IT WAS A HECTIC scene at a railroad crossing near the BNSF Railway terminal in Vancouver, Washington, on Saturday, June 18.

The crossing gates were closed, the lights flashed, warning bells rang loudly and often. And as a short, three-car train approached, blasting its deafening whistle, about 80 people who'd been blocking the track for more than two hours shuffled out of the way. The rest stayed put, forcing the locomotive to halt.

  • Doug Brown

As a Vancouver police loudspeaker threatened arrest for what seemed like the 100th time, the focus was on the group that wouldn't get off the tracks. There were 19 of them—later joined by two others—sitting in a circle with their arms linked together, continuously belting out protest songs and chants amid the train's whistle, the bells' ringing, and the cops' warnings. They skewed older—mostly gray-haired Woody Guthrie-esque seniors and middle-aged folks who've been around the block a few times, along with a few younger women still early in their civil disobedience careers.

"Coal, oil, gaaaaas, none of these shall paaaaass," the circle sang in unison. "Keep it in the grooouuund, turn the trains arooouuund. Coal, oil, gaaaaas, none of these shall paaaaass..."

They were there because of what had happened 15 days earlier: the massive derailment of an oil train passing through the Columbia River Gorge near Mosier, about 69 miles east of Portland. After 16 of the train's 96 cars derailed around noon on June 3—apparently due to undetectable broken bolts on the track—four of them caught fire, leaking 42,000 gallons of crude oil on its way to Tacoma. A majority of Mosier's 430 residents had to be evacuated.

"Our community would like to see the Mosier derailment and the process of putting our community back together as both the straw that broke the camel's back and a model for our transition to renewable, global energy," Mosier Fire Chief Jim Appleton had told the protesters Saturday morning in downtown Vancouver, shortly before they headed to the tracks. "Mosier proved that those trains are too dangerous. Let's make our policies reflect that."

Saturday's protest was led by the newly formed Fossil Fuel Resistance Network, along with the groups Portland Rising Tide and 350PDX. Against oil extraction in general because of global warming, they're demanding an immediate end to moving oil by rail.

"Bomb Trains Fuel Climate Chaos," read one huge banner at the protest. "Ban the Bomb Trains," said another.

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The activists have been making that case for a long time, but in the wake of the Mosier derailment, they've got some powerful new company.

The position has been echoed—at least in part—by Governor Kate Brown, who's asked for a temporary halt to oil train travel through the gorge. And Brown's Oregon Department of Transportation has gone further, suggesting that oil trains should be stopped on all sections of Oregon track that carry risks similar to the rails near Mosier.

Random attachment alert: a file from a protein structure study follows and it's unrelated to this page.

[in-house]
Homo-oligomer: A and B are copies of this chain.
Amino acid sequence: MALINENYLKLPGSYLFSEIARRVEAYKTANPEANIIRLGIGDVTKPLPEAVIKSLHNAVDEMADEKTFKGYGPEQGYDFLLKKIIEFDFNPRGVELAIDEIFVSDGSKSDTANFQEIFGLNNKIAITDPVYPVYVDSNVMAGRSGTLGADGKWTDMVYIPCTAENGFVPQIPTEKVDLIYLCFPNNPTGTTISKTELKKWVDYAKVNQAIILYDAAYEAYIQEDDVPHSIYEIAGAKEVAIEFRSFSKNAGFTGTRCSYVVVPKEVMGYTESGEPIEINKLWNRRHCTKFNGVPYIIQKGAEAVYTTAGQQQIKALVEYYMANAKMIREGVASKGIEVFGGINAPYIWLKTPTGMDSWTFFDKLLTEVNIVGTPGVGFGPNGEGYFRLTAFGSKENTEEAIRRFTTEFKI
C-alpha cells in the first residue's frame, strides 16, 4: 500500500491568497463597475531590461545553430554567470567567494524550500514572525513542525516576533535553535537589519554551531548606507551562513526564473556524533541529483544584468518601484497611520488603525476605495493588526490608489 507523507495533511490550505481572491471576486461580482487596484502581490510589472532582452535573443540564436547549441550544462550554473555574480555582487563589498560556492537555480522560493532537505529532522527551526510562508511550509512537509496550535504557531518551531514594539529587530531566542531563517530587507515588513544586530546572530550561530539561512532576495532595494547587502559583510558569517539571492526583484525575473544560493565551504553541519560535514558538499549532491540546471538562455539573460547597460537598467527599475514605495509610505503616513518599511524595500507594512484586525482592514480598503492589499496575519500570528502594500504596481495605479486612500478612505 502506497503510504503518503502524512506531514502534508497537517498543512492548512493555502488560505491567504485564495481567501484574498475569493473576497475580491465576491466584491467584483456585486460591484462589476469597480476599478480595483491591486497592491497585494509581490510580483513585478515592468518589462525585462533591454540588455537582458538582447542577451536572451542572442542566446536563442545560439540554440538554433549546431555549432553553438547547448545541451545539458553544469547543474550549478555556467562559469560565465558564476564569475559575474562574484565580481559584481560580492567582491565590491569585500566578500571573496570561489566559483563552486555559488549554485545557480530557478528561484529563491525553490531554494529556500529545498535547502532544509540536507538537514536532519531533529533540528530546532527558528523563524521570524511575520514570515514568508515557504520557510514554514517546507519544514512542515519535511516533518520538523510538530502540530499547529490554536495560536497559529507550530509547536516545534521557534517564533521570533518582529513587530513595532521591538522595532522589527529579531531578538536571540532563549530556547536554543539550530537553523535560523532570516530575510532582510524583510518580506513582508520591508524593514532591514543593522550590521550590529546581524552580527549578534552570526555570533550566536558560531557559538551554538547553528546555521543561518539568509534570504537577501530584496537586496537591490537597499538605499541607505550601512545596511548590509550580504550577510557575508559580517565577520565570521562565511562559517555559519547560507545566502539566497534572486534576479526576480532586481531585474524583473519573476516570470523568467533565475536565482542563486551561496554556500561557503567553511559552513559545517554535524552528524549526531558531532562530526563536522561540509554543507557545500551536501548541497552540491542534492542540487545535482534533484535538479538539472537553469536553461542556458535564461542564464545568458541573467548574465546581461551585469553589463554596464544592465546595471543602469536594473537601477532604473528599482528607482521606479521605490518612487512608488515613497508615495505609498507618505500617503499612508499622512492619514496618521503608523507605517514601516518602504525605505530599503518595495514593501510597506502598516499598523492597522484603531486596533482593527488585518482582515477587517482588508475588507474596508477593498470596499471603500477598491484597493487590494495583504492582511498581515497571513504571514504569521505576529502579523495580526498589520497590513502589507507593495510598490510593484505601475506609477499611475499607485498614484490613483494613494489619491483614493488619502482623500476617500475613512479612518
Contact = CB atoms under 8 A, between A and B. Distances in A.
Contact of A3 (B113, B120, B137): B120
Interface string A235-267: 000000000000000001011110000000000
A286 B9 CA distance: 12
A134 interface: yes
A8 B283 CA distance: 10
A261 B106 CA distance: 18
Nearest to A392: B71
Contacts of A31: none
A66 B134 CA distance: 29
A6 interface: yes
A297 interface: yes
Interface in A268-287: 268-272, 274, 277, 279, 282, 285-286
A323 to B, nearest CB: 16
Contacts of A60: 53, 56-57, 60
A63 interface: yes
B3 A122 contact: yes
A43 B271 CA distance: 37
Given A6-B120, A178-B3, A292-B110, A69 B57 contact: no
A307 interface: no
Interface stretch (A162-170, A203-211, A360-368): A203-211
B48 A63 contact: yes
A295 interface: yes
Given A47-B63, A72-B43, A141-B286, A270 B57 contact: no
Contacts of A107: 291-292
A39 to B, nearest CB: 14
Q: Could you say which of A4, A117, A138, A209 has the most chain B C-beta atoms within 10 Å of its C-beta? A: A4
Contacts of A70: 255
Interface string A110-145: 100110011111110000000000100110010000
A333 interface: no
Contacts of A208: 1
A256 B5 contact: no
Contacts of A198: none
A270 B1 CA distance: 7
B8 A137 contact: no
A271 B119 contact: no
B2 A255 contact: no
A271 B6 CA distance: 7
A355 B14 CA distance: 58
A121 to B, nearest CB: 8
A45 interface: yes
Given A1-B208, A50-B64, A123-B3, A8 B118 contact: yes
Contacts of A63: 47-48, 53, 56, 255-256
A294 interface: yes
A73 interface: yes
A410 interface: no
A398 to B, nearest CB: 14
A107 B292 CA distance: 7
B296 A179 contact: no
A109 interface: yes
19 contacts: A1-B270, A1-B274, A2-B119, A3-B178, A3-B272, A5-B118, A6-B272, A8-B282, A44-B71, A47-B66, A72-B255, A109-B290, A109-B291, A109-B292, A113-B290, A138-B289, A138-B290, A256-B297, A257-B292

Meanwhile, Portland Mayor Charlie Hales and Multnomah County Chair Deborah Kafoury last week called on Brown to urge Washington Governor Jay Inslee to reject a $210 million Vancouver Energy terminal being proposed at the Port of Vancouver by Tesoro Refining & Marketing Company, LLC, and Savage Companies.

That project would be the single largest oil-by-rail terminal in the country, the Columbian reports, capable of handling four daily oil trains carrying an average of 360,000 barrels of oil.

"Tesoro has a planned facility across the river in Vancouver and the oil that will go there will come through the gorge on trains," Hales said at a press conference on June 14. "At a time where we're beginning to debate on how to clean up the toxins in our river, at a time of acute concern about toxins in our water and in our air, we do not need to add to that list how we clean up the aftermath and destruction of oil-by-rail projects gone wrong."

Washington officials are in the final stages of reviewing the terminal, with public hearings beginning on June 27 in Vancouver, the Seattle Times wrote, "after which the Energy Facility Site Evaluation Council will recommend whether Governor Jay Inslee should approve it."

"State officials rarely have opportunities to limit the increase of oil trains in their territory until safety improvements are fully in effect and proven," a recent Seattle Times editorial said. "That chance comes when governors decide whether to approve or deny major facilities like Vancouver Energy.

"The choice is clear, as Mosier showed us all."

Back at Saturday's protest, the cops finally swarmed in around noon, as they'd threatened they would. Police plucked each of the 21 activists slowly and deliberately, recording them on video, reading them their rights, restraining them with zip-tie handcuffs, and leading them—past a squad of sheriff's deputies in full militarized riot gear ready to pounce if need be—to the back of the large white police van.

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  • Doug Brown

They'd be booked on a charge of second-degree misdemeanor criminal trespass, and released later that evening.

The crowd on the other side of the tracks cheered on each of their comrades as they were led off—the gray bearded man wearing a ratty Dennis Kucinich T-shirt under his parka, the stoic retired school teacher, the smiling early-twentysomething woman who drove up from Eugene with her dad, and, at the end, the 85-year-old woman in a red "The People vs. Shell" T-shirt, who earlier in the day led the group in a rousing chant.

"Corporate crime scene," she intoned again and again, punctuating the line with a shrill alarm from a bullhorn. "Corporate crime scene."

  • Doug Brown